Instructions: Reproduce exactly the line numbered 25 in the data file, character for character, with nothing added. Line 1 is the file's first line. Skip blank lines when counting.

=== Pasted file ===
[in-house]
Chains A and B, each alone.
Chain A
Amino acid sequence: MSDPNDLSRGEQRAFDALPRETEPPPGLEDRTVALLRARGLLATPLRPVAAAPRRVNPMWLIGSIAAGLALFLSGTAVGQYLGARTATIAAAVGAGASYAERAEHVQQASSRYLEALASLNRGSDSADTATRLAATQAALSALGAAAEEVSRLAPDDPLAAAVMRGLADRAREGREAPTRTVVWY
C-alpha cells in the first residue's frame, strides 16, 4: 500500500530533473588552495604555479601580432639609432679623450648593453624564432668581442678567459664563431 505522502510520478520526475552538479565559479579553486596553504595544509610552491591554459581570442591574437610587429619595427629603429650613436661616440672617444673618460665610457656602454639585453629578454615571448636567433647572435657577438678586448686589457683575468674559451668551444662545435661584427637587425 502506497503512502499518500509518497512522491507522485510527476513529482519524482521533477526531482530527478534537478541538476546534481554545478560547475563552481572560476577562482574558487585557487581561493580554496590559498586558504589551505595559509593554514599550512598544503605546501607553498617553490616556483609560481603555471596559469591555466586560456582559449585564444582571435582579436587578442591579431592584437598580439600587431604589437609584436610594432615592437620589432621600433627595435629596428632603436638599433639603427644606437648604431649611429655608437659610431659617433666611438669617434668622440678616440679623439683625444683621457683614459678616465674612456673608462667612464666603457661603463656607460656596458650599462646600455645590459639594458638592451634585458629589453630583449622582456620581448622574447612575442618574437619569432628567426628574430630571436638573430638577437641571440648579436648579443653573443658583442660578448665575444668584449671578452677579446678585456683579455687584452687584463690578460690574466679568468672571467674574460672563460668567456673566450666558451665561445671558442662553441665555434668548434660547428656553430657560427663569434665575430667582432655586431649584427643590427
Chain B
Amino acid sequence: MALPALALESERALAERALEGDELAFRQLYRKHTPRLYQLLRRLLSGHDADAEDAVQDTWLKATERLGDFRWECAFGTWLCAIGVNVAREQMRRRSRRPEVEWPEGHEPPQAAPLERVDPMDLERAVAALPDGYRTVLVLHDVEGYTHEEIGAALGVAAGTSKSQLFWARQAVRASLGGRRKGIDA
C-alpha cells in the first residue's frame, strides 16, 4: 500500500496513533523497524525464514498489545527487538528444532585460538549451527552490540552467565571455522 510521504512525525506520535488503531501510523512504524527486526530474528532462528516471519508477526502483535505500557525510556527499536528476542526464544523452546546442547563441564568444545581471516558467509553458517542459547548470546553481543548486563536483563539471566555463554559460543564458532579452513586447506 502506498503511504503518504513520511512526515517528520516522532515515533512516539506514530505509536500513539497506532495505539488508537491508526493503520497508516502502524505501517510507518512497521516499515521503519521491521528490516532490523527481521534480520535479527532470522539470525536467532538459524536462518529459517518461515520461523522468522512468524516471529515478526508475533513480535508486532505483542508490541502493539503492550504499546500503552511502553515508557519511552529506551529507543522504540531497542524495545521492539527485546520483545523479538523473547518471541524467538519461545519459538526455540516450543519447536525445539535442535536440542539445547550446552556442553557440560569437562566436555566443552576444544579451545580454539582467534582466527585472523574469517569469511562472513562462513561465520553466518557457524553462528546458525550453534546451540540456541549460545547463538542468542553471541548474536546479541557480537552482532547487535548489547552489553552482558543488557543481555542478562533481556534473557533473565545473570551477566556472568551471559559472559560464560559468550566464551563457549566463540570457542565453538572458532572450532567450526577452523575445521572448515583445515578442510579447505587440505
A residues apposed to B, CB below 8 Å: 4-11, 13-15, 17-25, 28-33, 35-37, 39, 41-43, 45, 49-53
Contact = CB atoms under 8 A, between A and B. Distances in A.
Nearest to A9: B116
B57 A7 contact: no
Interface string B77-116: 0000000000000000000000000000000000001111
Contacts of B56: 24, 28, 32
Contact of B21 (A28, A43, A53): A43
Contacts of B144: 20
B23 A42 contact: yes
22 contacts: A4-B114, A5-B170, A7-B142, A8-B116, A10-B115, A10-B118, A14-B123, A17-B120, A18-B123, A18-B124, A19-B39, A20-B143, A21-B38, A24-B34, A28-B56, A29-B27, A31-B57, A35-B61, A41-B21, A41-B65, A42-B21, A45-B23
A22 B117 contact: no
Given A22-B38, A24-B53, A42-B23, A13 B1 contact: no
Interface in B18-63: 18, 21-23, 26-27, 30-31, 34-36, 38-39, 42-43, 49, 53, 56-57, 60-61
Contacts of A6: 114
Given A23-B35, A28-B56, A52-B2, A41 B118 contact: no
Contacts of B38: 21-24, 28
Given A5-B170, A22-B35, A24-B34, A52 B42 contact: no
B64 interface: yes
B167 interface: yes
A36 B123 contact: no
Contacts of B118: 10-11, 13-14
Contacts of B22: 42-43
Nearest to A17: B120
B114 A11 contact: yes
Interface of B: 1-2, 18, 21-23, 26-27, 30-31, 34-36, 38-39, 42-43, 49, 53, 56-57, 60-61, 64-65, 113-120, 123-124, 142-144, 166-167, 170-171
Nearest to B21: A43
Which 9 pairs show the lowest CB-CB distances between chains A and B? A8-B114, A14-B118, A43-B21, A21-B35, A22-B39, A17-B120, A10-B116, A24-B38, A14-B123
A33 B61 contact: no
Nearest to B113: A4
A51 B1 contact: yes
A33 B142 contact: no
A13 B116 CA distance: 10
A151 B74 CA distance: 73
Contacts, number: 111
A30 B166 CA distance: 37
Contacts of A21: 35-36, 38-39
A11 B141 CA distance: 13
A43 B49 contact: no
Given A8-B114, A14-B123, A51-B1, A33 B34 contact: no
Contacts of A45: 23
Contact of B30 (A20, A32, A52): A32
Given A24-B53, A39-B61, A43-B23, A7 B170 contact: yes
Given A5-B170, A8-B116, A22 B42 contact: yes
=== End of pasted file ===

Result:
Given A5-B170, A22-B35, A24-B34, A52 B42 contact: no